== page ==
Differences in follicular physiology can also be found at the endocrine and molecular level in follicular fluid. Follicular fluid is different in cIVF regarding its immune cell profile affecting heterogeneously many cytokines and leukocytes as well as lymphocytes (Kollmann et al., 2017). The concentrations of LH, androgens and E2 (von Wolff et al., 2014; von Wolff et al., 2022) and the concentration of anti-Mullerian hormone (von Wolff et al., 2014), which is a marker for the potential of the embryo to implant (Ciepiela et al., 2019) are significantly reduced in cIVF follicular fluid. Furthermore, gonadotropin stimulation has some effect on follicular fluid signalling proteins (Bersinger et al., 2021) and disrupts the quantitative association of follicular fluid proteins with cumulus cell proteins and RNA (von Wolff et al., 2022).
All these studies provide evidence that exogenous high dose gonadotropin stimulation does indeed affect oocyte function.
This raises the question if our study results also have clinical implications. Our findings might be relevant in poor and especially very poor responders. In very poor responders with a very low ovarian reserve, gonadotropin stimulation does not increases oocyte yield, nor overall live birth rate. Gonadotropin stimulation might even decrease the implantation rate as shown by De Marco et al., 2021 for advanced-age poor responders.
In conclusion, our results contribute to the concept that high dose exogenous gonadotropins have an effect on oocyte and embryo quality. However, if this effect also has an impact on pregnancy and live birth rate remains to be evaluated.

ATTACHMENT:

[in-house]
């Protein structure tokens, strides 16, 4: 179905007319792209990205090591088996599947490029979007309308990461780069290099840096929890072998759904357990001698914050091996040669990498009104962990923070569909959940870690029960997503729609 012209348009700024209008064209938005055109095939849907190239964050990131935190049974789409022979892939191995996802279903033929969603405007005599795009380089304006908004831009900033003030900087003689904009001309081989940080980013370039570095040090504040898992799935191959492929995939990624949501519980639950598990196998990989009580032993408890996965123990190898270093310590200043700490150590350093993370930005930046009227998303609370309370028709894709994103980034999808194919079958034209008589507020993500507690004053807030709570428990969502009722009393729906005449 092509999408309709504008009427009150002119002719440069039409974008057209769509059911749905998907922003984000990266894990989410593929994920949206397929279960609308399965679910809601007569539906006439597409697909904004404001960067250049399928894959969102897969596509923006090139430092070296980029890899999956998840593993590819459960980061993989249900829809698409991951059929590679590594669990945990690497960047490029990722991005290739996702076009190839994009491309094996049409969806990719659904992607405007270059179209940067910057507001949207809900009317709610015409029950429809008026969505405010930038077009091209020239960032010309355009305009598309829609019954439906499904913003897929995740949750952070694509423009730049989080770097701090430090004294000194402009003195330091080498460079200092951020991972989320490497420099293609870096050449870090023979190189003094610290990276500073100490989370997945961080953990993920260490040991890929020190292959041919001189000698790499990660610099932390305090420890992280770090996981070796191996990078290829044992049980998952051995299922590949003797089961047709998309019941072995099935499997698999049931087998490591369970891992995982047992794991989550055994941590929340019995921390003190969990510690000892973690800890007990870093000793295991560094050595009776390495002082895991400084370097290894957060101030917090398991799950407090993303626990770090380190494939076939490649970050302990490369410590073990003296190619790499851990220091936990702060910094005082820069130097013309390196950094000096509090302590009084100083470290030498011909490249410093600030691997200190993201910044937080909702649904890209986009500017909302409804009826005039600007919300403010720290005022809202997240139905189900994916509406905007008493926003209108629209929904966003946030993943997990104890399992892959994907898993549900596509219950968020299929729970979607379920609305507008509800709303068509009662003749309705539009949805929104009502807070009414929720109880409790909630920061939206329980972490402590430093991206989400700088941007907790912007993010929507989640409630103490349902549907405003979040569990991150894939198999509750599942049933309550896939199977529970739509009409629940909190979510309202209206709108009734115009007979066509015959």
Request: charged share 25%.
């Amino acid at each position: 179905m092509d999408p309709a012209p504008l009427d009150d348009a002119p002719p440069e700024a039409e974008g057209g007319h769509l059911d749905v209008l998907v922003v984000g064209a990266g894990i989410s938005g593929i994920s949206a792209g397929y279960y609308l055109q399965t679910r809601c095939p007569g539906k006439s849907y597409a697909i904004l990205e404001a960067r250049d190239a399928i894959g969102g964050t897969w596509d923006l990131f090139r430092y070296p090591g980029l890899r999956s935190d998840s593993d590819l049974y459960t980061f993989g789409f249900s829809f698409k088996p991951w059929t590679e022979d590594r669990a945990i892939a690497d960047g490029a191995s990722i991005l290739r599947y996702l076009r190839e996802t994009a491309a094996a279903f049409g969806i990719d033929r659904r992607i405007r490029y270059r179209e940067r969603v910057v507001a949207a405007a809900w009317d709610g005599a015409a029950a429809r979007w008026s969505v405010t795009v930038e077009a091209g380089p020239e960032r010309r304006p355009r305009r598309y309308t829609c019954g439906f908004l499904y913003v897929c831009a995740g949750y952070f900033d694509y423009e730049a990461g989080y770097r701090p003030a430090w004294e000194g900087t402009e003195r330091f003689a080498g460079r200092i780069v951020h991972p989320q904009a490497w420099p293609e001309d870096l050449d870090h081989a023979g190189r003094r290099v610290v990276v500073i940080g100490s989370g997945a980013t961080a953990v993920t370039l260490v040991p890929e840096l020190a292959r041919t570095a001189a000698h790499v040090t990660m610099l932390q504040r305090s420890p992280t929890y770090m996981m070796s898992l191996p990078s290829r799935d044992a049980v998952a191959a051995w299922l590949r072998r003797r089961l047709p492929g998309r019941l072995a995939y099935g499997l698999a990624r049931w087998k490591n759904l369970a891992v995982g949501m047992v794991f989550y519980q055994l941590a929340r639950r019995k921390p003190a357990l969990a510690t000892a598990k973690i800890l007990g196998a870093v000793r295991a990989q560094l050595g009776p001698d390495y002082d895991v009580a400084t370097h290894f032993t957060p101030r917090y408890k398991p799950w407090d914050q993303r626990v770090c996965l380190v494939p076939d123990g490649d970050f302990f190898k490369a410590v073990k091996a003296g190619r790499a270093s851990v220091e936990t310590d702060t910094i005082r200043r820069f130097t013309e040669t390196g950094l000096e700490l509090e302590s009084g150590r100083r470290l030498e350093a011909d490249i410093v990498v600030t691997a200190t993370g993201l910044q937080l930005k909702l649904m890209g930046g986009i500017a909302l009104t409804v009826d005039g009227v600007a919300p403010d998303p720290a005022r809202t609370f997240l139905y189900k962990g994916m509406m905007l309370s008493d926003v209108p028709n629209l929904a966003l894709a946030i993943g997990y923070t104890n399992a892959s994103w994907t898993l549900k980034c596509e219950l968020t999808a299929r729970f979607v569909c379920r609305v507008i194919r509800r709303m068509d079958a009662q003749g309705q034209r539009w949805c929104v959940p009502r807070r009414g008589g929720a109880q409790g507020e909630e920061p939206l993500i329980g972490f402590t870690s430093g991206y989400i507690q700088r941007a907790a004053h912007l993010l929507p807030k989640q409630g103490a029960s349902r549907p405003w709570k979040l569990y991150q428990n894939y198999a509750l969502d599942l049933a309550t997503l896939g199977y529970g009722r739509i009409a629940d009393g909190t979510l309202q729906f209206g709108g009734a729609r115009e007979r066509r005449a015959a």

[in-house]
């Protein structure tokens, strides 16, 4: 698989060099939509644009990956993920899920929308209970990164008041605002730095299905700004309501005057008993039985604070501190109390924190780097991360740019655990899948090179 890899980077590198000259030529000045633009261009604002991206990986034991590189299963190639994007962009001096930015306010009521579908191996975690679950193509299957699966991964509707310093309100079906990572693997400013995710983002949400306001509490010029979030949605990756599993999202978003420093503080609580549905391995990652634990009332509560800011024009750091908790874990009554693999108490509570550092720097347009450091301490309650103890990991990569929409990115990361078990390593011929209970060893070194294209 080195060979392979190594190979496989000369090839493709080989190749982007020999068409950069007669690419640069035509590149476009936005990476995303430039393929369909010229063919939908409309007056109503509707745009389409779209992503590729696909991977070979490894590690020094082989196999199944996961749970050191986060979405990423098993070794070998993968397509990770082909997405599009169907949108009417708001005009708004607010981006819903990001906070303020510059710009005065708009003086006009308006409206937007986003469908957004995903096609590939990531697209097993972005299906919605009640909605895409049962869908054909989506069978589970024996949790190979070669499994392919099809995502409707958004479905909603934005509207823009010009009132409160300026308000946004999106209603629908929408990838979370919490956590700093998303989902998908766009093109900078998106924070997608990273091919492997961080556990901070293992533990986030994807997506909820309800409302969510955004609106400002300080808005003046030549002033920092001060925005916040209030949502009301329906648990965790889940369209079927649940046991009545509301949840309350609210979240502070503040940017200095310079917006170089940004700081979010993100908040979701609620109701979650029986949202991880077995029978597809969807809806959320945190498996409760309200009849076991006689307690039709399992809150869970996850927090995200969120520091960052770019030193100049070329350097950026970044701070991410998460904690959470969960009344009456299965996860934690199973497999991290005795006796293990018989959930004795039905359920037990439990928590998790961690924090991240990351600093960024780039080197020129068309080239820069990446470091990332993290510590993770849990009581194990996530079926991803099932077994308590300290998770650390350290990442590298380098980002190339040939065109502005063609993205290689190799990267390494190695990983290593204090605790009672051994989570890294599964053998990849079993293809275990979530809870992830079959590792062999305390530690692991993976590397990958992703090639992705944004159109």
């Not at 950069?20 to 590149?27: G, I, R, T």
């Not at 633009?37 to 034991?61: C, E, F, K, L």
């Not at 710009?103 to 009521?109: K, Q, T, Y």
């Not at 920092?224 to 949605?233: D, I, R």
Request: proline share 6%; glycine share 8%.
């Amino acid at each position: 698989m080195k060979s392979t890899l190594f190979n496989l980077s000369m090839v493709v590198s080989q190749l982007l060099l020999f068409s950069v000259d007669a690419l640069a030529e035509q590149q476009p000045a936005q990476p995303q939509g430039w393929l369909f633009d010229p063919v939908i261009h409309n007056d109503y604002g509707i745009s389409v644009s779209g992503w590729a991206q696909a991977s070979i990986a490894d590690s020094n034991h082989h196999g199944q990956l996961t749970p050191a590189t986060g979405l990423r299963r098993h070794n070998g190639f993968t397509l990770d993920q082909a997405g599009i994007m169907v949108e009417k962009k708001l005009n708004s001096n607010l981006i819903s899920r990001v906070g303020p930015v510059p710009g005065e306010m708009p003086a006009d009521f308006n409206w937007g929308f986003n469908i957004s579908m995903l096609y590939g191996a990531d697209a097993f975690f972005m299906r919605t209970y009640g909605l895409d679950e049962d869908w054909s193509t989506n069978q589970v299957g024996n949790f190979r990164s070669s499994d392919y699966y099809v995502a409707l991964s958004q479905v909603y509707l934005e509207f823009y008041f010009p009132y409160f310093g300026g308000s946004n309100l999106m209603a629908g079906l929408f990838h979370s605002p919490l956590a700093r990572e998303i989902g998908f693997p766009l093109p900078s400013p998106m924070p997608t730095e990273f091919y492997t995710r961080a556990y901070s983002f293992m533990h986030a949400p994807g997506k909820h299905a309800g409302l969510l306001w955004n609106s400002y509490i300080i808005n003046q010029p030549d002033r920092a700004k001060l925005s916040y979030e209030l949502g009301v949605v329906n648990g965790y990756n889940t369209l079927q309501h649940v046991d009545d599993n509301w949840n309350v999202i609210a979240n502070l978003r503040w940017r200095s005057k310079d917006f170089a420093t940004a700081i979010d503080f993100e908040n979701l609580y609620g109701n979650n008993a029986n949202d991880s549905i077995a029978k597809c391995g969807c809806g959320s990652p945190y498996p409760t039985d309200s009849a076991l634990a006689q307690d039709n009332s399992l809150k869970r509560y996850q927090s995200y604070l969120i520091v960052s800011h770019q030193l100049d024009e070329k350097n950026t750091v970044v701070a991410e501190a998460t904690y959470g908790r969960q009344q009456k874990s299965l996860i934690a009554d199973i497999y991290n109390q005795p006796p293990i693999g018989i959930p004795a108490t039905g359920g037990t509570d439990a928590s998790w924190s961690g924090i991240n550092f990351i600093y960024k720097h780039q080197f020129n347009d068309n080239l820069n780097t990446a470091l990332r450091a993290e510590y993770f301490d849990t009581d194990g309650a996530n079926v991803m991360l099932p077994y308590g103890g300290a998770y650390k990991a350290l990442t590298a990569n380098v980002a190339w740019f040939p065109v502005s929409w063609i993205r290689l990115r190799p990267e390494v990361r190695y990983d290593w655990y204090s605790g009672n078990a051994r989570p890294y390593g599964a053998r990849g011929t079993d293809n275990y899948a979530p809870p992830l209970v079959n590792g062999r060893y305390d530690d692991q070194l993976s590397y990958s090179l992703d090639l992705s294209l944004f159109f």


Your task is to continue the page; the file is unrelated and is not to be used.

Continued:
Supplement 1: Oocyte and embryo development in NC-IVF and conventional IVF (cIVF).Sensitivity analysis according to table 2 but with the inclusion of only the first reported NC-IVF or cIVF cycle of each patient.
We also thank Institute Biochimique SA, Lugano, Switzerland, who supported the study with an unrestricted grant. We would like to thank Dr. Elizabeth Kraemer for the linguistic revision and correction of the manuscript.
This research did not receive any specific grant from funding agencies in the public, commercial, or not-for-profit sectors.
Declaration of interests
We do not have any interests to declare.
We do not have any competing interests to declare.
Oocyte maturity, oocyte fertilization and cleavage stage embryo are affected by high dose gonadotropin stimulation in fresh IVF cycles. However, if this effect also has an impact on pregnancy and live birth rate remains to be evaluated.
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Supplement 2: Embryo morphology of cleavage stage embryos (day 2 after oocyte retrieval) in NC-IVF and conventional IVF (cIVF). Sensitivity analysis according to table 3 but with the inclusion of only the first reported NC-IVF and cIVF cycle of each patient.
Isotta Magaton was born in St. Gallen, Switzerland and studied Medicine in Basel, Switzerland. She has been training in gynaecological endocrinology and reproductive medicine since 2019 at the University Women`s Hospital, Inselspital Bern, Switzerland. Her main interest is natural and minimal stimulation IVF.